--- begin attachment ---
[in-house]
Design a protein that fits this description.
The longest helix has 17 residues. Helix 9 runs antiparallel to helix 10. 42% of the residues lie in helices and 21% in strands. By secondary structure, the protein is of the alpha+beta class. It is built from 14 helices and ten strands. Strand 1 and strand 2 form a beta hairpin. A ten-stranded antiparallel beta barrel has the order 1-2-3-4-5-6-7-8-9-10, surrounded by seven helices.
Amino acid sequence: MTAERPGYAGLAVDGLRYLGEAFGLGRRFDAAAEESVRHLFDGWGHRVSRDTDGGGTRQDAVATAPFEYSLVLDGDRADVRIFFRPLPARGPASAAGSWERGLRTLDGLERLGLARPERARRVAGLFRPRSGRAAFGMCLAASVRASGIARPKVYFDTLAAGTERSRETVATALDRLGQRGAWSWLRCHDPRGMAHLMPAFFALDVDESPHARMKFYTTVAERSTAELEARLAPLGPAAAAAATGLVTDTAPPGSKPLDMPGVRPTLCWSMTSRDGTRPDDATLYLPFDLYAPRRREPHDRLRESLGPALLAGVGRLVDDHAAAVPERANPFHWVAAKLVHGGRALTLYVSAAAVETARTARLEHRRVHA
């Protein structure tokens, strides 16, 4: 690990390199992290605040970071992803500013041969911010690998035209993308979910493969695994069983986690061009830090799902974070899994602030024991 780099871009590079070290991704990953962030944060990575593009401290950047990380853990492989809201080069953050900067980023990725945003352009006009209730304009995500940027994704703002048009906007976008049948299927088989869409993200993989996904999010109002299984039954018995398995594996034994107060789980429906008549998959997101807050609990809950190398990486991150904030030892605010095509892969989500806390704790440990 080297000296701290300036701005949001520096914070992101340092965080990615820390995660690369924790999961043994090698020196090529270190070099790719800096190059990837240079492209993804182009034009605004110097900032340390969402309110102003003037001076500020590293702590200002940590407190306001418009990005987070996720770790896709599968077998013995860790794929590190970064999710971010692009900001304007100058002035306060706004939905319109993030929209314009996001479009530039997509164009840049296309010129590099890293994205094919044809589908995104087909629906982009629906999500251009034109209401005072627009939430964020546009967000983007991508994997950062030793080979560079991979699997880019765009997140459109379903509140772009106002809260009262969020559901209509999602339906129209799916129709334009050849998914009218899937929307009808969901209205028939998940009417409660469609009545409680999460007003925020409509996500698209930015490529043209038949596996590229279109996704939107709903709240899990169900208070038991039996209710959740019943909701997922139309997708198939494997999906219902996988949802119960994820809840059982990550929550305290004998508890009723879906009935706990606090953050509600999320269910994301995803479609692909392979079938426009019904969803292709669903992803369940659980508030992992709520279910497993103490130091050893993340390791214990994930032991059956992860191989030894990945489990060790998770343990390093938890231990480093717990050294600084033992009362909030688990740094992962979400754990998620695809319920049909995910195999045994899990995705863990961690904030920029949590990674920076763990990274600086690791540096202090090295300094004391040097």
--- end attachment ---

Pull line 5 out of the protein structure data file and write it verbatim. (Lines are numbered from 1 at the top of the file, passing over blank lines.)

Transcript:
């Protein structure tokens, strides 16, 4: 690990390199992290605040970071992803500013041969911010690998035209993308979910493969695994069983986690061009830090799902974070899994602030024991 780099871009590079070290991704990953962030944060990575593009401290950047990380853990492989809201080069953050900067980023990725945003352009006009209730304009995500940027994704703002048009906007976008049948299927088989869409993200993989996904999010109002299984039954018995398995594996034994107060789980429906008549998959997101807050609990809950190398990486991150904030030892605010095509892969989500806390704790440990 080297000296701290300036701005949001520096914070992101340092965080990615820390995660690369924790999961043994090698020196090529270190070099790719800096190059990837240079492209993804182009034009605004110097900032340390969402309110102003003037001076500020590293702590200002940590407190306001418009990005987070996720770790896709599968077998013995860790794929590190970064999710971010692009900001304007100058002035306060706004939905319109993030929209314009996001479009530039997509164009840049296309010129590099890293994205094919044809589908995104087909629906982009629906999500251009034109209401005072627009939430964020546009967000983007991508994997950062030793080979560079991979699997880019765009997140459109379903509140772009106002809260009262969020559901209509999602339906129209799916129709334009050849998914009218899937929307009808969901209205028939998940009417409660469609009545409680999460007003925020409509996500698209930015490529043209038949596996590229279109996704939107709903709240899990169900208070038991039996209710959740019943909701997922139309997708198939494997999906219902996988949802119960994820809840059982990550929550305290004998508890009723879906009935706990606090953050509600999320269910994301995803479609692909392979079938426009019904969803292709669903992803369940659980508030992992709520279910497993103490130091050893993340390791214990994930032991059956992860191989030894990945489990060790998770343990390093938890231990480093717990050294600084033992009362909030688990740094992962979400754990998620695809319920049909995910195999045994899990995705863990961690904030920029949590990674920076763990990274600086690791540096202090090295300094004391040097």